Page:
As social creatures, we all crave a sense of belonging and the feeling of being part of a community. This desire for connection is even more apparent in the workplace, where we spend a significant portion of our time working alongside colleagues.
But what happens when we don’t feel like we belong?
In these situations, we might feel compelled to alter our behaviour and present ourselves in a way that we believe will be accepted by those around us. Unfortunately, this can lead to feelings of isolation and detachment, which can negatively impact our productivity and wellbeing
A sense of belonging
“Belonging is being part of something bigger than yourself. But it’s also the courage to stand alone, and to belong to yourself above all else.”
– Dr Brene Brown
In the workplace, it’s not uncommon for employees to feel like they have to hide certain aspects of their personality or beliefs in order to fit in with their colleagues. This behaviour can stem from a fear of being rejected or ostracised, but it can also be the result of an unhealthy work culture that values conformity over individuality.
This kind of environment can erode team cohesion and creativity, as employees are less likely to speak up with new ideas or take risks when they don’t feel comfortable being themselves.
We can help to create a sense of belonging in the workplace by:
1. Encouraging open and honest communication
By adopting a culture of trust and transparency, employees begin to feel empowered to share their thoughts without fear of backlash. We can do this by welcoming employee feedback and addressing it head-on instead of ignoring or dismissing it.
You can encourage participation in meetings by asking questions and normalising differing opinions.
Top-down transparency is also crucial. Sharing company information like salary frameworks or operational costs creates a sense of ownership and trust among employees.
2. Creating a safe space
Employees who feel accepted for who they are, regardless of their background, gender identity, or personal beliefs, are more likely to be engaged and committed to their work.
This means removing any barriers that may prevent employees from fully embracing their unique identities and allowing them to focus on their roles and development within the organisation.
Once they feel safe enough to express their true selves at work, you will notice an ability to share ideas and collaborate outside of their team.
3. Reward, recognise, retain
While pay progression is important, they are not the only way to show employees that their contributions are valued. Effective recognition plans can be a powerful tool for building a sense of belonging and increasing employee engagement.
However, this goes beyond just rewards and incentives. It means creating a culture that values and celebrates the contributions of all employees, regardless of their job titles or seniority.
Fundamentally, recognition should boil down to four key principles:
- Specific: Praising particular actions or behaviours is important. This helps with encouraging them to be themselves and contribute to the wider organisation.
- Timely: This is crucial. Immediate recognition will have the biggest impact.
- Meaningful: Personal recognition is what’s going to make employees feel understood and accepted. Make sure you clarify what you’re thanking them for and why.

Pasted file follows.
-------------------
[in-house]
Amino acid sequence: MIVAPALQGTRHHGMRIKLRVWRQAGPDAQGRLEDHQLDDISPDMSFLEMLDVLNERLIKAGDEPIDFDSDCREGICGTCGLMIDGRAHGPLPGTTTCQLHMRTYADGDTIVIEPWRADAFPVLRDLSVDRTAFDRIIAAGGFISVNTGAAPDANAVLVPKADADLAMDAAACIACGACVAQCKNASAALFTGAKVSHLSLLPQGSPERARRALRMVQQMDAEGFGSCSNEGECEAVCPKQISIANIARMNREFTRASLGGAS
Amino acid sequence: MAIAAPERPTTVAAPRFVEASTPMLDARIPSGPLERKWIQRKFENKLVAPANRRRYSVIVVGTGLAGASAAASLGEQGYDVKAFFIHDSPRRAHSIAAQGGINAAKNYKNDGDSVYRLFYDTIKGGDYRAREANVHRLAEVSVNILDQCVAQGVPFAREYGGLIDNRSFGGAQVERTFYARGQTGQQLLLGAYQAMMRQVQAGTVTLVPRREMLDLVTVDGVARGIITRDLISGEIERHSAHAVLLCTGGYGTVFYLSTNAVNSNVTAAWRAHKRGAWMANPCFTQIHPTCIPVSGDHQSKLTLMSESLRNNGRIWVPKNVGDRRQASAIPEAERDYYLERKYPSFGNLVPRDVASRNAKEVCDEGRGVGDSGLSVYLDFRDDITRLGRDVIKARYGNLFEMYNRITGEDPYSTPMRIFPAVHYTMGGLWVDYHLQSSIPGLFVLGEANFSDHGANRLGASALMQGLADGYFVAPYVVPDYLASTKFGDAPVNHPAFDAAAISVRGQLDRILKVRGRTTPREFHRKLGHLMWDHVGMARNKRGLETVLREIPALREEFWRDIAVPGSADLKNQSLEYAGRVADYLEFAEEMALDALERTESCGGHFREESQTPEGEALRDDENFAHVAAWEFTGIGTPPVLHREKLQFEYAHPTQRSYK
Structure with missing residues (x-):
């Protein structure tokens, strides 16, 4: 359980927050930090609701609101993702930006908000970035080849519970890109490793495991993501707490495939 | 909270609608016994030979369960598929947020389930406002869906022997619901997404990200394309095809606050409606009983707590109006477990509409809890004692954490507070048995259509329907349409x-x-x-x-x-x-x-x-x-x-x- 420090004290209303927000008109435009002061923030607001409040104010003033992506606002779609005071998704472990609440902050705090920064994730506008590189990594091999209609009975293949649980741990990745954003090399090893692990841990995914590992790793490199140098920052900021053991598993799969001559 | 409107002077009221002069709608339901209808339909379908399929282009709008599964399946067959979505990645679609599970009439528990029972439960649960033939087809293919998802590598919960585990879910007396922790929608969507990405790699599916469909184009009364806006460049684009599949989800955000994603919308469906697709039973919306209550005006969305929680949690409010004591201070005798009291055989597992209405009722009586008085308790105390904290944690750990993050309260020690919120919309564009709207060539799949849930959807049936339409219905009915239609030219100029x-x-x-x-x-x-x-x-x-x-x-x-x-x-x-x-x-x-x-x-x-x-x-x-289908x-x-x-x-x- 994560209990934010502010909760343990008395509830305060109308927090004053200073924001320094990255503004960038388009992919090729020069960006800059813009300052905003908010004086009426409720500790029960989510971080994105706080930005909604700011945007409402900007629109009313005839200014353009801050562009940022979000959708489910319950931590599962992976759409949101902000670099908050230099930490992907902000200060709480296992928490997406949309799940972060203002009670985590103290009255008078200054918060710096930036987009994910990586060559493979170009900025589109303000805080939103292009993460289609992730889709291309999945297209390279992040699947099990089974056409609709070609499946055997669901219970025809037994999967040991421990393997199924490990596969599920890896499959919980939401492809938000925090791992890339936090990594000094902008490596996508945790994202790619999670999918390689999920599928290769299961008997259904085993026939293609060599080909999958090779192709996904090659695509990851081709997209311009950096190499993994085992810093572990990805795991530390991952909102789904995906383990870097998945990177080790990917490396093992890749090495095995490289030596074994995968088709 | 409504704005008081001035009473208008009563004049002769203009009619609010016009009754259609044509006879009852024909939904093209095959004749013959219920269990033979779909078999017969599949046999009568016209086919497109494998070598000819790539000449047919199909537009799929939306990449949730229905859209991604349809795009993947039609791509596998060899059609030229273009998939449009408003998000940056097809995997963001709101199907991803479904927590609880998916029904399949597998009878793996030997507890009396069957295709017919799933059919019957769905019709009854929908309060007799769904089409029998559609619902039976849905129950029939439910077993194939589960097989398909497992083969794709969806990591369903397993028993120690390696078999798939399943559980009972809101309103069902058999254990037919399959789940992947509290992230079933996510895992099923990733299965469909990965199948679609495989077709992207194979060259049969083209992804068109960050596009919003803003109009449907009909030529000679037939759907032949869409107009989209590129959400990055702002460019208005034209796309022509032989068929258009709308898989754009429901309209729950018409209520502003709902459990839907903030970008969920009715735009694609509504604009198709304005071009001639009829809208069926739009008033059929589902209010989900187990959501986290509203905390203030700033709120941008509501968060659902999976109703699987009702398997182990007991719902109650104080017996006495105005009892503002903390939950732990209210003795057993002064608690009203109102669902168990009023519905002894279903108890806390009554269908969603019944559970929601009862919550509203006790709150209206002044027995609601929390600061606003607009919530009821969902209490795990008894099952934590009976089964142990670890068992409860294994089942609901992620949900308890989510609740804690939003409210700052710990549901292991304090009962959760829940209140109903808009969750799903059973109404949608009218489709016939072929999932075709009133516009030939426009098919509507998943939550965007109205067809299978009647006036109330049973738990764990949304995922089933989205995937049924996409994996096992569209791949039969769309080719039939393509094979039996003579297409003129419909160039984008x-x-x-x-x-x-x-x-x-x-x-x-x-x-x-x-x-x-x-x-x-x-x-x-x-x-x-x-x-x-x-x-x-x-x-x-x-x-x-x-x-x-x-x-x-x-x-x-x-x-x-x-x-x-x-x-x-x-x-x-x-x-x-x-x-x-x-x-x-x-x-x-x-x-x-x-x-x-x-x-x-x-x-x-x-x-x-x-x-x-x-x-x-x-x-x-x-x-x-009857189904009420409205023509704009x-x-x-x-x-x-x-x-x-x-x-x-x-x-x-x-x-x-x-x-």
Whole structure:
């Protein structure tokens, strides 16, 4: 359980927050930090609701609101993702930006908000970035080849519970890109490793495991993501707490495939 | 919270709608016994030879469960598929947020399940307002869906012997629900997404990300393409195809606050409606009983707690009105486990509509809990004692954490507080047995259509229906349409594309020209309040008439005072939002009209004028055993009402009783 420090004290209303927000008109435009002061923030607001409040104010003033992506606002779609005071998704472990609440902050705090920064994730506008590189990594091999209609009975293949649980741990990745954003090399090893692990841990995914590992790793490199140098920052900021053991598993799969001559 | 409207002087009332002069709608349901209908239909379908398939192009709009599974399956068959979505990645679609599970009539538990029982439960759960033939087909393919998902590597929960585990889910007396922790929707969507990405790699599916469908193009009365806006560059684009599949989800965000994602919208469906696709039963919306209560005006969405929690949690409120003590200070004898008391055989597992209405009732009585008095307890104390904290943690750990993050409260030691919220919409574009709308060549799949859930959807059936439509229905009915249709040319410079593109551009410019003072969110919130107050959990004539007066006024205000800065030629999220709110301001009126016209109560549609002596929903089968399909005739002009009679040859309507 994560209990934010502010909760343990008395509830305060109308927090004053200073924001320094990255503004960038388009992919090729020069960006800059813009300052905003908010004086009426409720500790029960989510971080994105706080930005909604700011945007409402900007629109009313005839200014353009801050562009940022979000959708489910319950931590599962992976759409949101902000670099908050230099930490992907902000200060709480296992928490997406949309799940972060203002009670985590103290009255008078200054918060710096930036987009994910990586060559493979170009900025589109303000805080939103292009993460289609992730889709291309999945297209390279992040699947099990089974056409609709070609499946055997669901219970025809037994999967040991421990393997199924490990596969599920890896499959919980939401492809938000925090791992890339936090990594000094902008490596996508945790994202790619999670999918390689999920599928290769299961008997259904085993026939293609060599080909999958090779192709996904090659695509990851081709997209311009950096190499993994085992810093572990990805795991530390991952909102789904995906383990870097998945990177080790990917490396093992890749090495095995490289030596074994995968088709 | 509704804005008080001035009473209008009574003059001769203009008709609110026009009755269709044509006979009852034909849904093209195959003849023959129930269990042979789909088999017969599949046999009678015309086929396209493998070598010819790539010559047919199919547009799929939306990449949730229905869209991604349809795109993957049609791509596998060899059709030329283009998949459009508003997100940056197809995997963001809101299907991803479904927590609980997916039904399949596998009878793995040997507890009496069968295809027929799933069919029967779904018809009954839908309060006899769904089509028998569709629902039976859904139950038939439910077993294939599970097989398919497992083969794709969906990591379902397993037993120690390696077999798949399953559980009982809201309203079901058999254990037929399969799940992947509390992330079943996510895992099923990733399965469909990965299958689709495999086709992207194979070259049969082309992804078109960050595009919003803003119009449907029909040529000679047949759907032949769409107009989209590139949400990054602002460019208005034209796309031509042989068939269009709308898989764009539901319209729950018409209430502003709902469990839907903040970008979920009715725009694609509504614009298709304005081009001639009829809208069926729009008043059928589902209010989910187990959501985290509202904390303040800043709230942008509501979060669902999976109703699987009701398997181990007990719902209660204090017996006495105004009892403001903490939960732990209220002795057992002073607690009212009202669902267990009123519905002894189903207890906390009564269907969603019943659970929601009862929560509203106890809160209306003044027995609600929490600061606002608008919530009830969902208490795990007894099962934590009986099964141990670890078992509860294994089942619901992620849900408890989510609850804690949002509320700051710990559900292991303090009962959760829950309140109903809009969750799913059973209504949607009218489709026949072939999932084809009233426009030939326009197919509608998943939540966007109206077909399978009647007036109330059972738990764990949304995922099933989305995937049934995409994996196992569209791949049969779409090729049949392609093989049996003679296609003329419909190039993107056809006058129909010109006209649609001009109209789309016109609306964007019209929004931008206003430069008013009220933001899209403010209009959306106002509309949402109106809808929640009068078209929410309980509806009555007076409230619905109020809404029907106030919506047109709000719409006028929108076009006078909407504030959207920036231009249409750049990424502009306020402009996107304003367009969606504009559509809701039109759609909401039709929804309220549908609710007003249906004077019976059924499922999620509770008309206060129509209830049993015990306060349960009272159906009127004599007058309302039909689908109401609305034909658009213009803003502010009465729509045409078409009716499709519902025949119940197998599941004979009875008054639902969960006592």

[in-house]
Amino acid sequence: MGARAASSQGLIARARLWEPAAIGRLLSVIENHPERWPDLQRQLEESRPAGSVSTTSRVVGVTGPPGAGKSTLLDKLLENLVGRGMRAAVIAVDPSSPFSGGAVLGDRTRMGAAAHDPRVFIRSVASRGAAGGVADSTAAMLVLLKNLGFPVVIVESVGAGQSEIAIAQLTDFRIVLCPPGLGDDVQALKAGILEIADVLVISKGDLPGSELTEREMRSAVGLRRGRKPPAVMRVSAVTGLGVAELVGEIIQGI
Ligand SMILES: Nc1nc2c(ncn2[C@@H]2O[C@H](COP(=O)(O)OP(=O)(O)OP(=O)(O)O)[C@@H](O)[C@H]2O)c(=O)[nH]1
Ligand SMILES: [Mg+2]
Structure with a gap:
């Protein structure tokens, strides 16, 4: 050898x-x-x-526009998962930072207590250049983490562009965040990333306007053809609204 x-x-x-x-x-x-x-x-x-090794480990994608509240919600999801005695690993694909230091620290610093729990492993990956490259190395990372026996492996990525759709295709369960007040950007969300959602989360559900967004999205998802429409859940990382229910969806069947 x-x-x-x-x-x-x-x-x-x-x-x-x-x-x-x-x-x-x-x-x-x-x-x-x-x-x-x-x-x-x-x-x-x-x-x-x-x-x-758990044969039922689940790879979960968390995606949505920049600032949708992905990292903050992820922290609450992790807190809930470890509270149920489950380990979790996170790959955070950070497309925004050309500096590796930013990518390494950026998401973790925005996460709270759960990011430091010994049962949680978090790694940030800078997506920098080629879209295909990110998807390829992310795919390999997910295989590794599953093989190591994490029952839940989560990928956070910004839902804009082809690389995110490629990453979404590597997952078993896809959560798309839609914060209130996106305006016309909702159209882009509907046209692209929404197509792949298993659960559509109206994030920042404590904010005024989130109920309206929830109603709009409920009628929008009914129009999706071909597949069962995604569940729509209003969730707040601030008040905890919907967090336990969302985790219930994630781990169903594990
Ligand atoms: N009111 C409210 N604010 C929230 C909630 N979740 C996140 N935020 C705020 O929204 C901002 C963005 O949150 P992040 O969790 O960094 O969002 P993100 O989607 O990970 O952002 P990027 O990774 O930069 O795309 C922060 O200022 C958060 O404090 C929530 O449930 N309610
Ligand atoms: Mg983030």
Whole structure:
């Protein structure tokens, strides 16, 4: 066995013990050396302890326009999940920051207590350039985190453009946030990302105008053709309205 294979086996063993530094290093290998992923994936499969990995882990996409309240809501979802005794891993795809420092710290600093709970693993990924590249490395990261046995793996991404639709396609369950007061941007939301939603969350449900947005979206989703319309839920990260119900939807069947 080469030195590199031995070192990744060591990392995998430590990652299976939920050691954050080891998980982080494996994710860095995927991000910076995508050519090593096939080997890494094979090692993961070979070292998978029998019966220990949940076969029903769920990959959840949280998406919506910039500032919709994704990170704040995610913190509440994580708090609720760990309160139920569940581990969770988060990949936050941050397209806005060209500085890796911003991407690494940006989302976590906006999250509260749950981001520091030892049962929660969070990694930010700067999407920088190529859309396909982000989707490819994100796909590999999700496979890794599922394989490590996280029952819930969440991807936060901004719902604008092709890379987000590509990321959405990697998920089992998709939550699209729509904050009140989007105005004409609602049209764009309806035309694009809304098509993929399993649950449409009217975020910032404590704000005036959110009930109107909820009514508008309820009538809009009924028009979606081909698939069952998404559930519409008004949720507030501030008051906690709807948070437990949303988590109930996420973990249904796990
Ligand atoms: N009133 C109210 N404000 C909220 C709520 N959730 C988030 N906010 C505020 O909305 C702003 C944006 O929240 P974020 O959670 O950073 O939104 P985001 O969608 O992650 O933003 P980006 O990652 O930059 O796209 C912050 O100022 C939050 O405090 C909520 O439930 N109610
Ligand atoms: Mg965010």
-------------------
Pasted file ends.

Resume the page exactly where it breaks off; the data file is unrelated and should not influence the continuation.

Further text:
- Genuine: This isn’t just about encouraging good work or showing you care about their performance, it’s letting them know that their emotional wellbeing is a primary concern too.
A sense of purpose
A clear sense of purpose can motivate and inspire employees, increase engagement and productivity, and ultimately drive business success. When employees feel like their work has meaning and contributes to a larger goal, they are more likely to feel fulfilled and committed to their jobs.
We all play different roles within an organisation. Someone may be in charge of making sure everyone gets paid the right amount each month. Another might be there to keep the office floors clean.
At the end of the day, everyone wants to know that they are serving a greater purpose.
As Simon Sinek puts it in his book Start With Why:
“People don’t just love their jobs because of what they do. They love it because of why they do it and how they feel when they are at work.”
Companies that prioritise social responsibility and purpose-driven work are more likely to attract and retain top talent. By embodying your values day-to-day and communicating them clearly to employees, organisations can create a strong sense of shared purpose and a culture of social responsibility.
It also helps to build a culture of trust by:
- Guiding behaviour
- Encouraging open conversations
- Building accountability
Bring it all together
In any workplace, culture and purpose must align with pay. When introducing a culture change or reinforcing existing values, leaders can use pay to further encourage admirable behaviours from employees.
If you’d like to find out more about how you can combine all three and begin building a more positive culture in your organisation, get in touch with the team today.
Our ethos at 3R Strategy is to focus on outputs versus inputs. It’s better to produce quality work than it is to work all the hours in the world – but we must remember that we’ve all worked with a five-day week for a long time and there are complexities in unpicking that. If you would like to discuss any of the areas raised here around future changes for your organisation, please do get in touch.